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Recreational therapy, or therapeutic recreation, is when trained providers use recreational activities to help improve or maintain an individual's cognitive, emotional, social, or physical functioning. People who receive this therapy – sometimes referred to as patients – are often ill, disabled, or elderly. The therapist provides adapted recreational opportunities in order to help the patients develop independent living skills and improve quality of life. Recreational therapy can help reduce stress levels and depression, and contribute to greater physical and emotional well-being of the patient. For some, it may even be used to help maintain or recover basic reasoning or motor skills.
A recreational therapist will typically complete an evaluation of each patient to determine areas of focus. The therapist may use direct observation of the patient, assessments, medical records, and conversations with the patient and family members or medical staff. After completing the evaluation, the therapist is able to create an individualized treatment plan, taking into account the patient's interests and addressing the areas where improvement is needed.
Recreational therapy may take many different forms. Therapeutic activities could include sports, crafts, dance, time spent with animals, stress reduction techniques, music, games, and community outings. These activities can provide mental and physical stimulation for patients, and some activities may help the patients develop specific skills. Sometimes, recreational therapy is used to help the patient build confidence, enhance social skills, and even to integrate more into his or her community.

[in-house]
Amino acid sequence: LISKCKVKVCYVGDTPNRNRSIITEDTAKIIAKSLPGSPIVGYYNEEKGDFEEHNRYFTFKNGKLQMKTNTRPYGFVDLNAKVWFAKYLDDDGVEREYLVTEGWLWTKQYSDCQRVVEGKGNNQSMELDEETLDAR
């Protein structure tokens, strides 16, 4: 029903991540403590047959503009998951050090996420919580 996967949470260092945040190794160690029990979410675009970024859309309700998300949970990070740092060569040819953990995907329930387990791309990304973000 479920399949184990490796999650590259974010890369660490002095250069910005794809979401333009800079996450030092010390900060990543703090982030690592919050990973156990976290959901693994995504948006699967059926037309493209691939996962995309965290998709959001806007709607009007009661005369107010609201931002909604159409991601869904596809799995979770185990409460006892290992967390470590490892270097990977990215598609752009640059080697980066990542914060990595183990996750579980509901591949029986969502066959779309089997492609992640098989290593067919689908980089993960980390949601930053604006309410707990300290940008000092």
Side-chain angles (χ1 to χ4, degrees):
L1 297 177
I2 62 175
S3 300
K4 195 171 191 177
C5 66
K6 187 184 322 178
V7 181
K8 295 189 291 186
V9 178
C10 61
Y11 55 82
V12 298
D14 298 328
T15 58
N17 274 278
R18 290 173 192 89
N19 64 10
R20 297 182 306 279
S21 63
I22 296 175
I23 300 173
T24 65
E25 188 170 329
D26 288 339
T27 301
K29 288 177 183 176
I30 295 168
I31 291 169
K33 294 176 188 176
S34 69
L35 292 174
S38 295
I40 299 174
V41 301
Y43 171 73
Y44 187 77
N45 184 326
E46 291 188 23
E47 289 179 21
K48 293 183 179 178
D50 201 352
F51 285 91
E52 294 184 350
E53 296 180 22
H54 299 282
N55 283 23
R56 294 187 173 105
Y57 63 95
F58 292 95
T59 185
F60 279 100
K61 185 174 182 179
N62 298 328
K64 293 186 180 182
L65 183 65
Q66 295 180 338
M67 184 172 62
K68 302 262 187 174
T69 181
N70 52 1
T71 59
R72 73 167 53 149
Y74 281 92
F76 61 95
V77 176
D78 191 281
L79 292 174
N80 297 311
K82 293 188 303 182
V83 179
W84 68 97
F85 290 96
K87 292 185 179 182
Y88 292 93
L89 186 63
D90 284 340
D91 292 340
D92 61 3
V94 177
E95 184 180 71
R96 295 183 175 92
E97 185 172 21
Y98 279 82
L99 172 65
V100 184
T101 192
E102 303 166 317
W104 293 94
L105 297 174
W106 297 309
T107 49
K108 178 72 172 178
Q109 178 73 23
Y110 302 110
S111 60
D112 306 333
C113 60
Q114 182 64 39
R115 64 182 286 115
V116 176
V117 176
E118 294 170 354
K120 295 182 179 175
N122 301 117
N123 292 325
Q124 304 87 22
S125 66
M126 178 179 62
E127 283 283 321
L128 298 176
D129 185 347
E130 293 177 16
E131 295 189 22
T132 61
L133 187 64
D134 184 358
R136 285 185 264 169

Patients receive recreational therapy in various places and environments. For instance, a therapist might be employed by an assisted living facility, and the patients could engage in therapy within the facility. Schools may also employ recreational therapists, often to provide services to the special education department. Sometimes, this therapy is a part of comprehensive therapeutic services offered at mental health facilities or substance abuse treatment centers.
Typically, most entry-level positions for a recreational therapist require a bachelor's degree with a major or concentration in the field. In the United States, there is a council that offers certification for recreational therapists, though certification is not mandatory. A few states do regulate recreational therapy, and may require licensure to practice.
Recreational therapy can be a valuable part of treatment for people who are ill, elderly, or disabled. This unique form of therapy may work in conjunction with other treatments to increase positive outcomes. For many patients, recreational therapy can help improve functional abilities, develop independent skills, enhance overall health, and increase basic quality of life.